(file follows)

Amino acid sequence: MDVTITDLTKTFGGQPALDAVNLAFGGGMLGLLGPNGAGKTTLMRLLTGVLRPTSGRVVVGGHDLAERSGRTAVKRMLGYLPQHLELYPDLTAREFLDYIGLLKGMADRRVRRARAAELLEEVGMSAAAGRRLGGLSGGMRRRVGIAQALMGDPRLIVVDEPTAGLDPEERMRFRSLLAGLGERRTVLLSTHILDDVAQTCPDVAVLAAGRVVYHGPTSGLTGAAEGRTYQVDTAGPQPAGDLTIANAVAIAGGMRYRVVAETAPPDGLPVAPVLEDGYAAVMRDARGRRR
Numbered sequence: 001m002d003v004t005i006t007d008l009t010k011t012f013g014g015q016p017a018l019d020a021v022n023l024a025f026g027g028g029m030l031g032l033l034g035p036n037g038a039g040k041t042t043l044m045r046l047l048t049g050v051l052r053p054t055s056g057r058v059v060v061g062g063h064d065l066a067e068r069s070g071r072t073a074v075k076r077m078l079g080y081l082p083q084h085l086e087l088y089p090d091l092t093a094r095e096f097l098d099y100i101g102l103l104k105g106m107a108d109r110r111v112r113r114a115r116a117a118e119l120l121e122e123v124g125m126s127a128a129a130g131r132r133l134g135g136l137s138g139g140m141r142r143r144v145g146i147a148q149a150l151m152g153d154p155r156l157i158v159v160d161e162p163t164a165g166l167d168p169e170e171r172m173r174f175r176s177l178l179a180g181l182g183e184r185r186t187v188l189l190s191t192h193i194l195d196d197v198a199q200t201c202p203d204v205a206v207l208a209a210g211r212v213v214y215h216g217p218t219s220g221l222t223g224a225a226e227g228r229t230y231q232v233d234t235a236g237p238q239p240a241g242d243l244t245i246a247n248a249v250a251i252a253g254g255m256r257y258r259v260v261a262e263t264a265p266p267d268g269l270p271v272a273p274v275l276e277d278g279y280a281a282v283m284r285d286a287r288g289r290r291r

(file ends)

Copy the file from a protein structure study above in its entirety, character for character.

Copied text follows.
Amino acid sequence: MDVTITDLTKTFGGQPALDAVNLAFGGGMLGLLGPNGAGKTTLMRLLTGVLRPTSGRVVVGGHDLAERSGRTAVKRMLGYLPQHLELYPDLTAREFLDYIGLLKGMADRRVRRARAAELLEEVGMSAAAGRRLGGLSGGMRRRVGIAQALMGDPRLIVVDEPTAGLDPEERMRFRSLLAGLGERRTVLLSTHILDDVAQTCPDVAVLAAGRVVYHGPTSGLTGAAEGRTYQVDTAGPQPAGDLTIANAVAIAGGMRYRVVAETAPPDGLPVAPVLEDGYAAVMRDARGRRR
Numbered sequence: 001m002d003v004t005i006t007d008l009t010k011t012f013g014g015q016p017a018l019d020a021v022n023l024a025f026g027g028g029m030l031g032l033l034g035p036n037g038a039g040k041t042t043l044m045r046l047l048t049g050v051l052r053p054t055s056g057r058v059v060v061g062g063h064d065l066a067e068r069s070g071r072t073a074v075k076r077m078l079g080y081l082p083q084h085l086e087l088y089p090d091l092t093a094r095e096f097l098d099y100i101g102l103l104k105g106m107a108d109r110r111v112r113r114a115r116a117a118e119l120l121e122e123v124g125m126s127a128a129a130g131r132r133l134g135g136l137s138g139g140m141r142r143r144v145g146i147a148q149a150l151m152g153d154p155r156l157i158v159v160d161e162p163t164a165g166l167d168p169e170e171r172m173r174f175r176s177l178l179a180g181l182g183e184r185r186t187v188l189l190s191t192h193i194l195d196d197v198a199q200t201c202p203d204v205a206v207l208a209a210g211r212v213v214y215h216g217p218t219s220g221l222t223g224a225a226e227g228r229t230y231q232v233d234t235a236g237p238q239p240a241g242d243l244t245i246a247n248a249v250a251i252a253g254g255m256r257y258r259v260v261a262e263t264a265p266p267d268g269l270p271v272a273p274v275l276e277d278g279y280a281a282v283m284r285d286a287r288g289r290r291r